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Vessel caravan stuck in area free from ice anomalies — scientist

January 17, 19:30 UTC+3 MOSCOW
In the Arctic’s western sector the ice conditions are lighter due to the milder summer, but in the east, where the vessels got stuck, the situation is more complicated
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MOSCOW, January 17. /TASS/. No ice anomalies are registered in the Arctic’s eastern segment, where near Chukotka got stuck a caravan of two dry cargo vessels and two icebreakers, head of the ice monitoring and forecast department at the Arctic and Antarctic Research Institute (in St. Petersburg) Evgeny Mironov told TASS on Tuesday.

"There are no anomalies in the region (where the caravan got stuck) now," he said. "In January, in the eastern Arctic the ice conditions are always rather complicated, and a nuclear icebreaker should go before other vessels."

"The ice situation in the Arctic changes every year, and now it is closer to a medium ice layer, while in the earlier years the ice was lighter," he added.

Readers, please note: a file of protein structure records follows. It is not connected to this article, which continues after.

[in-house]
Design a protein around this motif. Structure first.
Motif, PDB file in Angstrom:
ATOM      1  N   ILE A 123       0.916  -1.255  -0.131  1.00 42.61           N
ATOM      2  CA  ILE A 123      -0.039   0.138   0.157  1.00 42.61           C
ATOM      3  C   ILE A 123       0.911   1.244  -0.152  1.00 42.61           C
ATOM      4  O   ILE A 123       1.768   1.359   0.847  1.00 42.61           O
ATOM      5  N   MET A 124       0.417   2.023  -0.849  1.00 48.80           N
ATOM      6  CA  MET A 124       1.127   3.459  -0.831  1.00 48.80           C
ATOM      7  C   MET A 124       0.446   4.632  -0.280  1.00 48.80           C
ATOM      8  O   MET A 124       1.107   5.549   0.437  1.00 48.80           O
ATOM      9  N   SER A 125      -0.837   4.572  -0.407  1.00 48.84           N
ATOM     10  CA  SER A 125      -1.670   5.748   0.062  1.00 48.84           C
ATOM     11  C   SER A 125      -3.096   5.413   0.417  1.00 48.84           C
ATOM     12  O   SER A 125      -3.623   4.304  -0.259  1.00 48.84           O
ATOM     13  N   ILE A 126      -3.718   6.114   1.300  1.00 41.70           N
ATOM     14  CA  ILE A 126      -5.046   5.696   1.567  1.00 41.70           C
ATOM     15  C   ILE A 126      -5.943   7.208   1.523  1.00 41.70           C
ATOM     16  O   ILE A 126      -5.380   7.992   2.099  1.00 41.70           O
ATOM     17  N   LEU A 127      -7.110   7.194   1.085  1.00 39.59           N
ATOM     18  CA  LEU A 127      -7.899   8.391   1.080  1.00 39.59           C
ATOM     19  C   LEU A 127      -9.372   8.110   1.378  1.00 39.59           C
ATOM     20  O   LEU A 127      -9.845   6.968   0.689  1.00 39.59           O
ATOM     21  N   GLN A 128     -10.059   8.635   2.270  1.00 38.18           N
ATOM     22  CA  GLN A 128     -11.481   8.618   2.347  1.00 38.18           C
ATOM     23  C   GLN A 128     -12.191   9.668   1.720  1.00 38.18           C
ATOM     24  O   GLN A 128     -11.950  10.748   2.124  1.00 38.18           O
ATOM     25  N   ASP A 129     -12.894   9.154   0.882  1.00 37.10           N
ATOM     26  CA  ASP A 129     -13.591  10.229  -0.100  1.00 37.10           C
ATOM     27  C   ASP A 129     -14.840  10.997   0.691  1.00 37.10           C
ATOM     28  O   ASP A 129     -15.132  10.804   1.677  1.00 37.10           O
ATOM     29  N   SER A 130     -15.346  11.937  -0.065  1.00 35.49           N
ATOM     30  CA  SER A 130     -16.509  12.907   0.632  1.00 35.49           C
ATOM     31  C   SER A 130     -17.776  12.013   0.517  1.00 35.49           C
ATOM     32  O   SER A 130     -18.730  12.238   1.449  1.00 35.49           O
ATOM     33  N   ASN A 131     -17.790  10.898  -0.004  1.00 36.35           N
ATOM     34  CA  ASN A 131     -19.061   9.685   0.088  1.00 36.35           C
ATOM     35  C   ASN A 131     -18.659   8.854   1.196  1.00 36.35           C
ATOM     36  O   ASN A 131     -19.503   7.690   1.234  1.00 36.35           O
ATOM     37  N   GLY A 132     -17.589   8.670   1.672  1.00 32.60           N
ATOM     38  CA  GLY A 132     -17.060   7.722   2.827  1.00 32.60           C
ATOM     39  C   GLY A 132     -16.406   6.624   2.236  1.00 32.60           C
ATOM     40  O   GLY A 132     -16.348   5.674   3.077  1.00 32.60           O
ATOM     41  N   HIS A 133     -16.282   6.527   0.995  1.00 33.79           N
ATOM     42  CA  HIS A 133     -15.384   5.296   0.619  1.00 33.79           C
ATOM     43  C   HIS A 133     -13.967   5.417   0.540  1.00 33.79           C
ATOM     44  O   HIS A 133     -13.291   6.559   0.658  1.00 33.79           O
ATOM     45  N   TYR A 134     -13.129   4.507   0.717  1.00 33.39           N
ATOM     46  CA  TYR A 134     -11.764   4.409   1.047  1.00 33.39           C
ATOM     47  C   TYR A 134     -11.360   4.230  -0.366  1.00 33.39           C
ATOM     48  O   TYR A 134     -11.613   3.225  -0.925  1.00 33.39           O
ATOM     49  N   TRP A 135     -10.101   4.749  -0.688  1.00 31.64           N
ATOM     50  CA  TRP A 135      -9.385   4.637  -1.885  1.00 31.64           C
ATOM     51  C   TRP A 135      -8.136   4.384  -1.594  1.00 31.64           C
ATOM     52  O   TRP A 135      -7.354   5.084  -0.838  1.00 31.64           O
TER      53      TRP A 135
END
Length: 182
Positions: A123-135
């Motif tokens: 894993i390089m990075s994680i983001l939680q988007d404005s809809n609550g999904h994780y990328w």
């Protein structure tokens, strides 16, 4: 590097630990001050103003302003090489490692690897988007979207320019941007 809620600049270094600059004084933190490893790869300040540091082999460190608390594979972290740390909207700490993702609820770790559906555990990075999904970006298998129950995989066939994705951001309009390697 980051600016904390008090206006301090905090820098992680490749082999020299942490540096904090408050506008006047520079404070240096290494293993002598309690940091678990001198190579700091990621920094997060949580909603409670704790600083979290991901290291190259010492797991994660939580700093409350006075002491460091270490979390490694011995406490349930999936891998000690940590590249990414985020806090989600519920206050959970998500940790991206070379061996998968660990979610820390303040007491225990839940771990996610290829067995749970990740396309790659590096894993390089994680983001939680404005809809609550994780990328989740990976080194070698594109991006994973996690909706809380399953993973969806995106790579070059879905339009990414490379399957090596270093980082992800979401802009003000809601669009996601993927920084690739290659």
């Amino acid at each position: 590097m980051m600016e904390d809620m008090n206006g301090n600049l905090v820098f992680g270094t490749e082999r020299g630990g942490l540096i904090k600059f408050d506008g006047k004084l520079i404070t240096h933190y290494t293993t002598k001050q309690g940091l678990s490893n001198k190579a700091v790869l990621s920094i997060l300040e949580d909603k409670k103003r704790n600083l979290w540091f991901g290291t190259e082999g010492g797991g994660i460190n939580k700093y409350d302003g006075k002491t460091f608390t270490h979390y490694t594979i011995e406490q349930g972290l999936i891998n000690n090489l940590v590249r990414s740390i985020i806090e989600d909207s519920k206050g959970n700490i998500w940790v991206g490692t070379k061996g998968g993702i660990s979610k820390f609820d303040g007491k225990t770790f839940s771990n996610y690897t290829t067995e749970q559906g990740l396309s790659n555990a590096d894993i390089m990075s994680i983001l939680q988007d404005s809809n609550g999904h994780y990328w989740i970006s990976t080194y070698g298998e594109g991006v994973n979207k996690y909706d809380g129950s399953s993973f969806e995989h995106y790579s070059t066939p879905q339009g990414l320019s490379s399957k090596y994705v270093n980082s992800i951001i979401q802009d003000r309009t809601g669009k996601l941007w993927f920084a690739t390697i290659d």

This year, the severe winter with much snow is also in the Arctic, he continued. "In the Arctic’s western sector the ice conditions are lighter due to the milder summer, but in the east, where the vessels got stuck, the situation is more complicated and is close to average climate conditions."

TASS reported earlier in the day, a caravan of two dry cargo vessels (The Johann Mahmastal and The Sinegorsk) escorted by two icebreakers (The Kapitan Dranitsyn and The Admiral Makarov) could not depart from Pevek in Chukotka due to a complicated ice situation, which is measured 10 by a ten-point scale. The ice thickness near the East Siberian Sea by the Shelagsky Cape, the northernmost point of Chukotka, is more than one meter, and ice hummocks are 2.5 meters.

The caravan had arrived in Pevek from Arkhangelsk along the Northern Sea Route in early January and delivered to that Arctic region the materials for construction of a pier for the Akademic Lomonosov floating nuclear power plant (FNPP). 

The power plant will be delivered to Chukotka for further mounting in 2018.

The East Siberian Sea is the most icy of all the Russian seas in the Arctic. It is fully coated with ice from October-November to June-July.

Floating perennial ice remain in the sea’s eastern parts even in summer.

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